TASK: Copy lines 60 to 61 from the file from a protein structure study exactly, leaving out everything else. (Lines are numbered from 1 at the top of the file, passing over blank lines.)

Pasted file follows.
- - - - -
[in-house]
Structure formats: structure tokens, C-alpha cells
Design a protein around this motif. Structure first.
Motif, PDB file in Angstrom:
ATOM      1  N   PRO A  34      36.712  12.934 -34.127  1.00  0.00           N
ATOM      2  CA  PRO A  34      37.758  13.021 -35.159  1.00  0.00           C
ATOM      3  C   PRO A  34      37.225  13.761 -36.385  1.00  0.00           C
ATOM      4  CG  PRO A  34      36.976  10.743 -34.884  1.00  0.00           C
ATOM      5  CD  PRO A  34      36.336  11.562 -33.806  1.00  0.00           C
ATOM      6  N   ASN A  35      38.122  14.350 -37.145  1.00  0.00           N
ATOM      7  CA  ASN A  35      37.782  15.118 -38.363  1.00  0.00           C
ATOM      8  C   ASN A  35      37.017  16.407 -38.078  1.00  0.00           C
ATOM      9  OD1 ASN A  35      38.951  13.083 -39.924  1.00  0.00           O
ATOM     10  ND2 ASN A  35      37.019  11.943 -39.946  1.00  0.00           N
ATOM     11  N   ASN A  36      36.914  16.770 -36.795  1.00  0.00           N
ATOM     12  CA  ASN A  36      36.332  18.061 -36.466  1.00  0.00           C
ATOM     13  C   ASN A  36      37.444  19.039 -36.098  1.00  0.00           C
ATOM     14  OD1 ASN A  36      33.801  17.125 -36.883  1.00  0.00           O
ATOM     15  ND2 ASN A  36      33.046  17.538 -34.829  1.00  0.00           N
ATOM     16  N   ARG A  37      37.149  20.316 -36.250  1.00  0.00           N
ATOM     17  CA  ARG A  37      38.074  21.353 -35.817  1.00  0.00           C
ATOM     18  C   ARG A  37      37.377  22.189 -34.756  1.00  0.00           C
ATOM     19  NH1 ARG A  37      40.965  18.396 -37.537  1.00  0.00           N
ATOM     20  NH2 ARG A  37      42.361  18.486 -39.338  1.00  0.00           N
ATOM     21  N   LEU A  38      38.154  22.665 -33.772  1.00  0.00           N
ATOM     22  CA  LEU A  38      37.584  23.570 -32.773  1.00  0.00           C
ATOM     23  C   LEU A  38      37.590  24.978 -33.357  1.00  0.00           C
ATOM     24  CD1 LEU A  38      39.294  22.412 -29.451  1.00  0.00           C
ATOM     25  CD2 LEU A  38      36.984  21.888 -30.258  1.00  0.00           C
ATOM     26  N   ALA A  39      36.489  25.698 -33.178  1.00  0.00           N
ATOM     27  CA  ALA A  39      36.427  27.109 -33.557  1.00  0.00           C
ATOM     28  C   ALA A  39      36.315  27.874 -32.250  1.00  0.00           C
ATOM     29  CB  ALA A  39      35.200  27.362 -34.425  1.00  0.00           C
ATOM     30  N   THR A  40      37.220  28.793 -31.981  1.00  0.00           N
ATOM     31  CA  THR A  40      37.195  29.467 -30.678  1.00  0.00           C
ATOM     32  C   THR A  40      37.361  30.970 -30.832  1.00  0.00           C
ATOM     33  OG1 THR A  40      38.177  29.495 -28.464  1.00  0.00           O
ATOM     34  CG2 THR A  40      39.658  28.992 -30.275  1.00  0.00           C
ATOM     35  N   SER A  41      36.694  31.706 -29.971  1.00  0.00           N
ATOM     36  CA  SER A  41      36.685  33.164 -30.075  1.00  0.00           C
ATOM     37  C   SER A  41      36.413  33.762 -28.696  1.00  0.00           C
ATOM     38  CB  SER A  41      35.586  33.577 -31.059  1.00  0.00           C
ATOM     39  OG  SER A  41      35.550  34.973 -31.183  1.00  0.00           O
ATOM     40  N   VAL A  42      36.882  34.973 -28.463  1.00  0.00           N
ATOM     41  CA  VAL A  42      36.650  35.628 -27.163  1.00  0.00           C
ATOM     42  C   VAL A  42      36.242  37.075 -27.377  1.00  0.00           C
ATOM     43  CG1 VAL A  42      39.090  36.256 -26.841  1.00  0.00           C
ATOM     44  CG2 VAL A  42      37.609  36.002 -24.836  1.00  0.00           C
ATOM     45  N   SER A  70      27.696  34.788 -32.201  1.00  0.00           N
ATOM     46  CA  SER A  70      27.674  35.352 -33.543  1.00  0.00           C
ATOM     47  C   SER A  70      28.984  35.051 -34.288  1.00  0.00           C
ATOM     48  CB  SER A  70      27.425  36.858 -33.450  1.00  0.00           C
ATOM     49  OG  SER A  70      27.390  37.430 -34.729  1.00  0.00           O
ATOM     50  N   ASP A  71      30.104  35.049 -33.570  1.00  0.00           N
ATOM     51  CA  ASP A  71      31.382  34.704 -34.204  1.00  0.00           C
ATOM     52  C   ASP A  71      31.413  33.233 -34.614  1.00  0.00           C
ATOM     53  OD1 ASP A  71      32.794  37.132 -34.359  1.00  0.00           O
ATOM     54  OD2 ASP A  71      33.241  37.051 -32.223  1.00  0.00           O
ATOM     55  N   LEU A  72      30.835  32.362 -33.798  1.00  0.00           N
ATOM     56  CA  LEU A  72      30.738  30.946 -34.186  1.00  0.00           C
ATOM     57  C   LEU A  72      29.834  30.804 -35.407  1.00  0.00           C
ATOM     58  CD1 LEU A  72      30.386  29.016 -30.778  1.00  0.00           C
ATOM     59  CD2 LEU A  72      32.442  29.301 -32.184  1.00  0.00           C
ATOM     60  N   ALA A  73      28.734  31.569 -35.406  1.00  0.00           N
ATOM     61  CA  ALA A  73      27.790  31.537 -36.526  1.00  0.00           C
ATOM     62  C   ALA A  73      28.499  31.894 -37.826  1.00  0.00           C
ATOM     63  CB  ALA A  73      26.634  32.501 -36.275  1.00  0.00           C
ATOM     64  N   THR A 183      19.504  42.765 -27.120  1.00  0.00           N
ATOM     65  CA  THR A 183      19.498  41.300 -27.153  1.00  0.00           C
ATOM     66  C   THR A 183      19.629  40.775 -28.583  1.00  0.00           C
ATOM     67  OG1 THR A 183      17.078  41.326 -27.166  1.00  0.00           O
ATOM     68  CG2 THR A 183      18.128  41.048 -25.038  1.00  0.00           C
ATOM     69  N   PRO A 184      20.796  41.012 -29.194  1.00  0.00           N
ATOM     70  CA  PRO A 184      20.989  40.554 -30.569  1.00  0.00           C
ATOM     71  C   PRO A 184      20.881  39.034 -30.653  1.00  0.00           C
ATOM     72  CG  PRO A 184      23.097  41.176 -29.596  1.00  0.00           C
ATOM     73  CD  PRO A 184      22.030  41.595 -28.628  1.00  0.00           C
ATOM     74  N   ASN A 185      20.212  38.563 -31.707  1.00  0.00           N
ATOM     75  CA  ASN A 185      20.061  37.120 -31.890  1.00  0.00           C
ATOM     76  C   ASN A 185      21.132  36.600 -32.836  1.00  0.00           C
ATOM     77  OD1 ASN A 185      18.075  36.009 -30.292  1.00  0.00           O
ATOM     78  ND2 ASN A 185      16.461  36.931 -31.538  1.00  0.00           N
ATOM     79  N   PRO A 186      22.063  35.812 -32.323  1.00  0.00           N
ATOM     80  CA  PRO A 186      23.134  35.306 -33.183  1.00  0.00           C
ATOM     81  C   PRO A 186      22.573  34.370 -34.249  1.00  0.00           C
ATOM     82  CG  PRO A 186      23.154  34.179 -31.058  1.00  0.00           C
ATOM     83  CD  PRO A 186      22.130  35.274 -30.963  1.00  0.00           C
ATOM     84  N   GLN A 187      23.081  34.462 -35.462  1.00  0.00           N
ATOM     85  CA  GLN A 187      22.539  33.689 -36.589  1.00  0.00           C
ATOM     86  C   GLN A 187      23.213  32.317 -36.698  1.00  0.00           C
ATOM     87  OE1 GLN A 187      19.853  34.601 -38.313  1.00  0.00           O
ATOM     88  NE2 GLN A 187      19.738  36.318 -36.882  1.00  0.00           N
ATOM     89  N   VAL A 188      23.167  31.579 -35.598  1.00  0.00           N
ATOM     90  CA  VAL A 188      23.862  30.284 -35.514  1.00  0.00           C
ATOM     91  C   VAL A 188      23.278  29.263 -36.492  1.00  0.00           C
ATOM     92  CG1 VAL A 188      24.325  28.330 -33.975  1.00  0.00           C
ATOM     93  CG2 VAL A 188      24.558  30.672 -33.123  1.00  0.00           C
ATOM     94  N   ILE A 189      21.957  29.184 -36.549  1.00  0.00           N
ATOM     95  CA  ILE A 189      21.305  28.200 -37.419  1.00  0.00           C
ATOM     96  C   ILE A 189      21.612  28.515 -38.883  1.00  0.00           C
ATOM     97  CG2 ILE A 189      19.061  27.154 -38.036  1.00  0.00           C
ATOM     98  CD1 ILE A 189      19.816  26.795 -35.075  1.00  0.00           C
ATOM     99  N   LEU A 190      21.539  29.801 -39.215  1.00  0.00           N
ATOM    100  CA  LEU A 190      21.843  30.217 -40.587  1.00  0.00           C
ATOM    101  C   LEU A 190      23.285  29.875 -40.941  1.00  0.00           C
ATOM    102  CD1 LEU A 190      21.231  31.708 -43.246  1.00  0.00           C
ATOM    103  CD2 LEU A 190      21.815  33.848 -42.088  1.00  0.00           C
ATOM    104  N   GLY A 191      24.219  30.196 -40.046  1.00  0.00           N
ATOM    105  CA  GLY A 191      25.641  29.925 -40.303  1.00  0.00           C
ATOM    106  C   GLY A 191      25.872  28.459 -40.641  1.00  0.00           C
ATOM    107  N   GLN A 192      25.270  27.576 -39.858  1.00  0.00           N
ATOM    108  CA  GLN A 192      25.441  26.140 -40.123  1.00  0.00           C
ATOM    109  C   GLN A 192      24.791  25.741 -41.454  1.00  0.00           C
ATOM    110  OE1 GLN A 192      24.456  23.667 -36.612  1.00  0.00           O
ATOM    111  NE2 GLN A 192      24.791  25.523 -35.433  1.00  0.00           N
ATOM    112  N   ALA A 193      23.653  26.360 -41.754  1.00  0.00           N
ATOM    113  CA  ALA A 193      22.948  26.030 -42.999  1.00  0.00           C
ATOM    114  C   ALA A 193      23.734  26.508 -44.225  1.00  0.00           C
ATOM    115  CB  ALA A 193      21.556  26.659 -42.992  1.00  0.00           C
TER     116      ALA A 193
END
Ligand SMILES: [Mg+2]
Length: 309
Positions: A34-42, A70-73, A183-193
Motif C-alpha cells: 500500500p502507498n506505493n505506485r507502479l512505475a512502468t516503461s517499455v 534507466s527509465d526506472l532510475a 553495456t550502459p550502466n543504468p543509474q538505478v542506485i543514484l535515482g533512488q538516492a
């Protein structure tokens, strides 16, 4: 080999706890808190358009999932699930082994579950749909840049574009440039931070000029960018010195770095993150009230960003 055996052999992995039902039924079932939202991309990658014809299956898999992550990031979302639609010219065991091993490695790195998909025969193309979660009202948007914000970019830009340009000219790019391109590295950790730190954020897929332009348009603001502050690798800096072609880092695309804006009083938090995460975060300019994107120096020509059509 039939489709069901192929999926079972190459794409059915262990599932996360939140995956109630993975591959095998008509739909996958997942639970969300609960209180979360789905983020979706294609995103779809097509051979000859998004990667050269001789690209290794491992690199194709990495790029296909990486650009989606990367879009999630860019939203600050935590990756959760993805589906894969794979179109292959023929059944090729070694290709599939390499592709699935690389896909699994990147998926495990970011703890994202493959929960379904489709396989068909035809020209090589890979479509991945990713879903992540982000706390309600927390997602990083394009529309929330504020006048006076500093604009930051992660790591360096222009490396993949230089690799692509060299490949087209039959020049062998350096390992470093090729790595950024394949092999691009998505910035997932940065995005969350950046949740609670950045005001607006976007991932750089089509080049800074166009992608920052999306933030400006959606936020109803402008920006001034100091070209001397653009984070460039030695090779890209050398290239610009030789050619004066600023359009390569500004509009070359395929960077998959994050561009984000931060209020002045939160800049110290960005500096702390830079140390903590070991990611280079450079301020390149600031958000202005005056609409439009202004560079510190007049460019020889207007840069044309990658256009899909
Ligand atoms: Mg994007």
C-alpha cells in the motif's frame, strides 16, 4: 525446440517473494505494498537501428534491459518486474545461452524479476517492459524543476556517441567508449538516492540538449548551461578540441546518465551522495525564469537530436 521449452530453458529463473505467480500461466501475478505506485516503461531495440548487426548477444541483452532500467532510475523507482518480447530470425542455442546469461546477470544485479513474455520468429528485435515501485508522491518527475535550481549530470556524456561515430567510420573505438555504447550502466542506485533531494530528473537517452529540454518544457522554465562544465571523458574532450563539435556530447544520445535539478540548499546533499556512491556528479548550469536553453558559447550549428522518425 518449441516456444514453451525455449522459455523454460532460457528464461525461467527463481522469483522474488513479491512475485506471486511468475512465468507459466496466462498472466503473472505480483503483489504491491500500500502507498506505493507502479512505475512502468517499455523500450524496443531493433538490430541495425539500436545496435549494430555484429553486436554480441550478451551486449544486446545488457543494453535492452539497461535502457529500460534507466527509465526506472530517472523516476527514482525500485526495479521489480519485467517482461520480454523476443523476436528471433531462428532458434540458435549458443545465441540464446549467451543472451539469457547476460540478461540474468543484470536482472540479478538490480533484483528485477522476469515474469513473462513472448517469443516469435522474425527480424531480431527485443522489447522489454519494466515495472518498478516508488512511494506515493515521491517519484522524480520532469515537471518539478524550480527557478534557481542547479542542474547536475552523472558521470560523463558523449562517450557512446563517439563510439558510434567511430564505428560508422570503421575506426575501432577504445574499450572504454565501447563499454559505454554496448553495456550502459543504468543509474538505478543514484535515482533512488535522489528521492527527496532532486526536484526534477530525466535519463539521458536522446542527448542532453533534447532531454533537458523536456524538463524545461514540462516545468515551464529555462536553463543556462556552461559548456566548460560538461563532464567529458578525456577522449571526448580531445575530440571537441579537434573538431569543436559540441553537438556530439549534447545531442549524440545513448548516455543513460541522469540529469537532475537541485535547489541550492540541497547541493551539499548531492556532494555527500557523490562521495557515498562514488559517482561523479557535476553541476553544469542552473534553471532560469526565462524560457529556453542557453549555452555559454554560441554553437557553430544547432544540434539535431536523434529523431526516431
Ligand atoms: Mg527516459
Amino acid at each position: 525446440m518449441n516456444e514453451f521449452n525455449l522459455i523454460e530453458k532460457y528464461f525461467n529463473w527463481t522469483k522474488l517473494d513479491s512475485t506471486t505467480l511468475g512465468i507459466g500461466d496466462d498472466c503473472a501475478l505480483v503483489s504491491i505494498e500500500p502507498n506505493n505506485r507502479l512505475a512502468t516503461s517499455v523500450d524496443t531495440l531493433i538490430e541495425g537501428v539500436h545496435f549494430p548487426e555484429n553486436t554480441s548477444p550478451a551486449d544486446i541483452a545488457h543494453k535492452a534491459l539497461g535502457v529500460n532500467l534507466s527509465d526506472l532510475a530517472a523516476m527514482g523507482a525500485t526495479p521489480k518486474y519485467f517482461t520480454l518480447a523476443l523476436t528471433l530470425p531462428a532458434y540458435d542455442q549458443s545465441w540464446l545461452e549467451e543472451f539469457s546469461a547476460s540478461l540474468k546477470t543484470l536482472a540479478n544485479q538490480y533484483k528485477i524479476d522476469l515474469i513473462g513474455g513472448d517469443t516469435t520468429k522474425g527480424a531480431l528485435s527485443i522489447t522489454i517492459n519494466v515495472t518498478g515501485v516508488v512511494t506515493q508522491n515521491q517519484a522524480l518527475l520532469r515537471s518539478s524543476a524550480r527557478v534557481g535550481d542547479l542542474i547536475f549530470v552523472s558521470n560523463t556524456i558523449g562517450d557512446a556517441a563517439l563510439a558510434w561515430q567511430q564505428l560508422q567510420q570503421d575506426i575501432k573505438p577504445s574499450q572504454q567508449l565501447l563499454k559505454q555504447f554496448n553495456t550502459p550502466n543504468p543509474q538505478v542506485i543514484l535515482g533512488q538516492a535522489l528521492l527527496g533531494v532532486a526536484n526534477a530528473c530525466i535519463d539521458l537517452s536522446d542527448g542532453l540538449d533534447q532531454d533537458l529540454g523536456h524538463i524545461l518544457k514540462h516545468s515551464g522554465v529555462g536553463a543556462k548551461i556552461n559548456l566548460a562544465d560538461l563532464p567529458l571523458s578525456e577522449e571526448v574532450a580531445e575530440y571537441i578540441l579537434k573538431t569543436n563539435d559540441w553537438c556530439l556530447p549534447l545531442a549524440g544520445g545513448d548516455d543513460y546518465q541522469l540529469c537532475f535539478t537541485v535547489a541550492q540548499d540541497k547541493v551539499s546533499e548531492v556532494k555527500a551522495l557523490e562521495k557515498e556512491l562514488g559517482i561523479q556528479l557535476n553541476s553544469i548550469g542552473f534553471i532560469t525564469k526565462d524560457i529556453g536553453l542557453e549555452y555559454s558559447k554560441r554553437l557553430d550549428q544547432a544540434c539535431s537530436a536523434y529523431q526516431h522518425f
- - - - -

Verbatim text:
ATOM     56  CA  LEU A  72      30.738  30.946 -34.186  1.00  0.00           C
ATOM     57  C   LEU A  72      29.834  30.804 -35.407  1.00  0.00           C